Several staff members received the email late Sunday afternoon threatening to use the bomb on Tuesday and reported the threat to police. An investigation determined the true identity of the student who sent the threat within hours.

Bayonne Police Captain Eric Amato said the student had no intention of carrying out the threat.

The student was charged with terrorism threats and obstructing arrest. Amato did not reveal the identity of the student.

“The safety and security of all of our students, faculty, staff and our community remains our number one priority. Our policy of zero tolerance for unsafe behavior continues,” said the school superintendent of Bayonne, John Niesz, in a press release addressed to the school community.

A student was arrested at the gate by security on May 19 as he tried to enter the school with a water gun that looked like a real gun. Niesz said many toy guns look real, which can be confusing and shouldn’t be brought to school.

Dan Alexander is a reporter for New Jersey 101.5. You can reach him at [email protected]

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Voting for the New Jersey Hall of Fame Class of 2022

These are the nominees for the New Jersey Hall of Fame Class of 2022. They come from all walks of life, spanning generations dating back to colonial times. The nominees span the categories of arts and humanities, business, performing arts and entertainment, public service and sports.

WATCH: States with the most new small businesses per capita

Municipal tax bill for every town and city in NJ, filed

Just under 30 cents of every $1 of property taxes collected in New Jersey supports municipal services provided by cities, townships, boroughs, and villages. Statewide, the average municipal tax bill alone in 2021 was $2,725, but that varied widely from over $13,000 in Tavistock to nothing in three townships. In addition to the $9.22 billion in taxes for municipal purposes, special tax districts that in some locations provide municipal services such as fire protection, garbage collection or economic development collected 323, $8 million in 2021.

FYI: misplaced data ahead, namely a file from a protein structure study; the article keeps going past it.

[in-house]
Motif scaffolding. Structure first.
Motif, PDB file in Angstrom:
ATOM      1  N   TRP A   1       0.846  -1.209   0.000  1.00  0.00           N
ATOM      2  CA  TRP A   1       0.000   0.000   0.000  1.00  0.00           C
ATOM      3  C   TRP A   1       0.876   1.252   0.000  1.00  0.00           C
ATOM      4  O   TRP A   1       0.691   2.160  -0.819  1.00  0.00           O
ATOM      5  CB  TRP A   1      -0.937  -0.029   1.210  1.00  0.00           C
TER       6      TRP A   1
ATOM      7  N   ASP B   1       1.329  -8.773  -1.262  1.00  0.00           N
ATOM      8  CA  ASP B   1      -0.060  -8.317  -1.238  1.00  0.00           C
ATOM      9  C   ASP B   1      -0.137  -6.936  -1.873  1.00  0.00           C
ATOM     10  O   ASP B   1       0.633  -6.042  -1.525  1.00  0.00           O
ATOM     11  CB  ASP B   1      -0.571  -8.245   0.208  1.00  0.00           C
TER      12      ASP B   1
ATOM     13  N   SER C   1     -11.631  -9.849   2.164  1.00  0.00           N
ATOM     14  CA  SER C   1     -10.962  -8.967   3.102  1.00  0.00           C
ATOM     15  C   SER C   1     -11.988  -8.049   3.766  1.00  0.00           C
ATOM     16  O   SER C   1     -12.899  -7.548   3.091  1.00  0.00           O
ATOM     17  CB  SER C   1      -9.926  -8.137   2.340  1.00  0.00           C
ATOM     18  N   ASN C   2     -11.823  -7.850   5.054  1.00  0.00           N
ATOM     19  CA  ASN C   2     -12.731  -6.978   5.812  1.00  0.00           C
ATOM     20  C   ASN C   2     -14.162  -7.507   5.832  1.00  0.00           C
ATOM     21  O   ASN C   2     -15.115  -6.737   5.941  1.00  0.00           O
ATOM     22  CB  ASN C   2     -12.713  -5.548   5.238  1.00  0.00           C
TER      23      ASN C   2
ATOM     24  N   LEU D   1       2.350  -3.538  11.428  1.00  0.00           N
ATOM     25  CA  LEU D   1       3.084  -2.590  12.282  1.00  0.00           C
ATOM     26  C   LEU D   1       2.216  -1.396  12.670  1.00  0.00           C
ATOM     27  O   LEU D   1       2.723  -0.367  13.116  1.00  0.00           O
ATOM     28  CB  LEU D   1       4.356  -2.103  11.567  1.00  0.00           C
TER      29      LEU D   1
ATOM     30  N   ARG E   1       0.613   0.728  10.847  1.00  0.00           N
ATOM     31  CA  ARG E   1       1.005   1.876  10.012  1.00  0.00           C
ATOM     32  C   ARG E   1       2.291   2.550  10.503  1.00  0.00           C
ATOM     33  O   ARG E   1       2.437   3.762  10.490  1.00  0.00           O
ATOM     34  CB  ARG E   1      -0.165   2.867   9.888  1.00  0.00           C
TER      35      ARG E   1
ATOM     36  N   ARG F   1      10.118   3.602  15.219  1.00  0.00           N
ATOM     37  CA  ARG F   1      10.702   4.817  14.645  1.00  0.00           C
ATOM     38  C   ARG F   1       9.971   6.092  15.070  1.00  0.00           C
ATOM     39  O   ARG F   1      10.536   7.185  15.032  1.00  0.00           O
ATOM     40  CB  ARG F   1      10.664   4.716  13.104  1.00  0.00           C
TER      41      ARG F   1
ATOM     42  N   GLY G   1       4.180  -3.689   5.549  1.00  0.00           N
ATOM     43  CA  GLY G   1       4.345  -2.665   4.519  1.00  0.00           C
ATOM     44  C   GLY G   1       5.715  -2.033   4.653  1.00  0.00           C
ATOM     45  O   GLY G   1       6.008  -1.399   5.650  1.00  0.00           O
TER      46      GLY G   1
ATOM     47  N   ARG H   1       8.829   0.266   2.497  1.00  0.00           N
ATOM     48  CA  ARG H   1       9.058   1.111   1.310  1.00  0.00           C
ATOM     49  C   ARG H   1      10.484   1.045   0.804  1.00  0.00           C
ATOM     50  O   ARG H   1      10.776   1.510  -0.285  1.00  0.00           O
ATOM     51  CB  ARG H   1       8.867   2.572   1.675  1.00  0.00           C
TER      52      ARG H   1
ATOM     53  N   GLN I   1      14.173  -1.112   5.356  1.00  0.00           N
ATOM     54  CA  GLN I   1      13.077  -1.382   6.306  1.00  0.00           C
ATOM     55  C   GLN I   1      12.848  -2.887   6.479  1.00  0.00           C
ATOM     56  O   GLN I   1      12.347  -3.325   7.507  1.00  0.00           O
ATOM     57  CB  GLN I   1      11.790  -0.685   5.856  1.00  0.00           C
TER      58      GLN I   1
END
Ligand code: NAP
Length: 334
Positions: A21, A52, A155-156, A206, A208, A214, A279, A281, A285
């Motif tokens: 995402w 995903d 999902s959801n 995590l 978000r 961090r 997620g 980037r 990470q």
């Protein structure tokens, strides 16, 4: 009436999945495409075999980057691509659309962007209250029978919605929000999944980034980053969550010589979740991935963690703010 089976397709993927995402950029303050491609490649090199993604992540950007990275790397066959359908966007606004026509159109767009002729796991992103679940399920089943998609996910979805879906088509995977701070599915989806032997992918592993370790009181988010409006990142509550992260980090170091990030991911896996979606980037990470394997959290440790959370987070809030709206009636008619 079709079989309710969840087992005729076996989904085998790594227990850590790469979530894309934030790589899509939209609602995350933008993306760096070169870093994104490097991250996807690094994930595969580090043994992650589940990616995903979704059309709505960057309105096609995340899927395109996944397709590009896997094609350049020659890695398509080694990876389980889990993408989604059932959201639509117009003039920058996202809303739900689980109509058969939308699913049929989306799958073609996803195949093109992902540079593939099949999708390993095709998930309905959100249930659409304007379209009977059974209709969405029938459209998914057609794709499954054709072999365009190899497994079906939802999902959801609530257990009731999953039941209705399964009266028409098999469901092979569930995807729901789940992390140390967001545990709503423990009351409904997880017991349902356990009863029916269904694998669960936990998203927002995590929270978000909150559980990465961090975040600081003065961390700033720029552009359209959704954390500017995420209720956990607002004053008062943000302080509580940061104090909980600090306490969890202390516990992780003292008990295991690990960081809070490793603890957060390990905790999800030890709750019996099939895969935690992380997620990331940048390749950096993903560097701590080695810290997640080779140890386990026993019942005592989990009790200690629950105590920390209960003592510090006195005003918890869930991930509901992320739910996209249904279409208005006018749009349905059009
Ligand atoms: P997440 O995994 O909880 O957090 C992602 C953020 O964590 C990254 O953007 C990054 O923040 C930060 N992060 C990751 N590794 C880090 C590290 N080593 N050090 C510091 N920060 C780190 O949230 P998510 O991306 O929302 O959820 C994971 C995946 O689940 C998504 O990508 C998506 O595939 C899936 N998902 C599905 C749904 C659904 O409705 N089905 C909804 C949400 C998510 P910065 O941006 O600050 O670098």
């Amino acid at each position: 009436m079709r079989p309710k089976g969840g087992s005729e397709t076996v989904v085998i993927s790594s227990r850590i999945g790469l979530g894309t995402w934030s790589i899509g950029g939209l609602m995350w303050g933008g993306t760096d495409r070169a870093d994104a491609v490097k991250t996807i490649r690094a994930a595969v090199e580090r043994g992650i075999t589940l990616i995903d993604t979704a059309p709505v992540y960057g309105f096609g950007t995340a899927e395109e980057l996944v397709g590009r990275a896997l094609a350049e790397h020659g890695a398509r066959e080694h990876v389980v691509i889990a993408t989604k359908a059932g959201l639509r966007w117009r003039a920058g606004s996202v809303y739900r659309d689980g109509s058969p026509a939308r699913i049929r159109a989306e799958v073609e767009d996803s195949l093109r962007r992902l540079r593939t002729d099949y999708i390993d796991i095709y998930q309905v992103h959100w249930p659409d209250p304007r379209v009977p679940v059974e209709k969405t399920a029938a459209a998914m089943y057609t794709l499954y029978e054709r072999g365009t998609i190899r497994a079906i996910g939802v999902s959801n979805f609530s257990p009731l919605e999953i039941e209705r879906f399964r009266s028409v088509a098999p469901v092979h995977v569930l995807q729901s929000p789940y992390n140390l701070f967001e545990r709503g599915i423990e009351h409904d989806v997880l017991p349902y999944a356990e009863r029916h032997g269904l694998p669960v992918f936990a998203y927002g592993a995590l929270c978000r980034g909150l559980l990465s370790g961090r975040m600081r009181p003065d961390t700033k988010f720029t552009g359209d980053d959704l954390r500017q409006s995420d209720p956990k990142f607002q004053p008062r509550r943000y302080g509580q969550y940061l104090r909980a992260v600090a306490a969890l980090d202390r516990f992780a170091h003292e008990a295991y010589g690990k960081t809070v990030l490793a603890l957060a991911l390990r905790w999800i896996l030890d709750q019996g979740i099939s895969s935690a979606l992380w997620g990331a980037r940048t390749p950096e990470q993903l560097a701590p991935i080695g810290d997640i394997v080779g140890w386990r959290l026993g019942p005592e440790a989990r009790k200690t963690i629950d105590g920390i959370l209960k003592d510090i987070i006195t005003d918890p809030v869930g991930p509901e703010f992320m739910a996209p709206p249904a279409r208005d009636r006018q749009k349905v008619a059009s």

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Utah economy

‘She’s Assignment’ Still Impacting NJ Women in Workforce: Report

Unlike other recessions, the downturn caused by COVID-19 has hit women harder than men economically.

And a new report from Rutgers suggests that women are struggling to regain their status in the workforce, and could continue to do so for some time.

Female unemployment, which peaked at 18.4% in April 2020, has exceeded that of men through the end of 2021, according to the Rutgers Center for Women and Work report.

Most of these women are back at work, but not necessarily back to normal – making significant sacrifices related to the way they work, usually due to childcare issues.

“It’s the part of the ‘She-cession’ that nobody talks about,” said Debra Lancaster, the Center’s executive director. “Thousands of women are sacrificing full-time jobs, higher wages, health insurance and other benefits for the ability to care for young children and aging parents.”

In the last six months of 2021, despite the return to in-person school instruction, 23.1% of families experienced childcare disruptions, according to the report. Women of color and those with low incomes have shouldered the greatest burdens.

At the end of 2021, 5.2% of women held multiple jobs, compared to 4.1% of men, the report notes. In 2018, 4.4% of men held more than one job, compared to 4.3% of women.

“We’re also seeing people cut back on their working hours or having to watch their kids while they work,” said Sarah Small, the report’s co-author and an economist at the Center. “The child care crisis has never gone away for many low-income families.”

The report also highlighted the gender pay gap among those in front-line positions and showed how policies such as federal stimulus payments and the child tax credit have helped families low income – those who received the payments – to afford the essentials in times of uncertainty.

The report makes a number of recommendations to improve conditions for women and their families in New Jersey, such as ensuring the longevity of the child tax credit, strengthening housing protections, improving access and affordability of child care and improving access to mental health services.

Dino Flammia is a reporter for New Jersey 101.5. You can reach him at [email protected]

Click here to contact an editor about a comment or correction for this story.

A glimpse of Alicia Keys’ mansion

WATCH: States with the most new small businesses per capita

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Utah economy

Aging infrastructure, drought bad recipe for water supply in the West

Communities across the West and across the country are harnessing more than 660 million reasons to bolster the integrity of water supply and distribution systems, especially in this time of relentless drought.

It is not enough to get Mother Nature to cooperate in an era of low snowfall, diminishing stream flow and shrinking reservoirs, but dams, aqueducts, water treatment plants and the canals must all be able to do their job to supply the available water, and many of them are getting so old that they are compromised.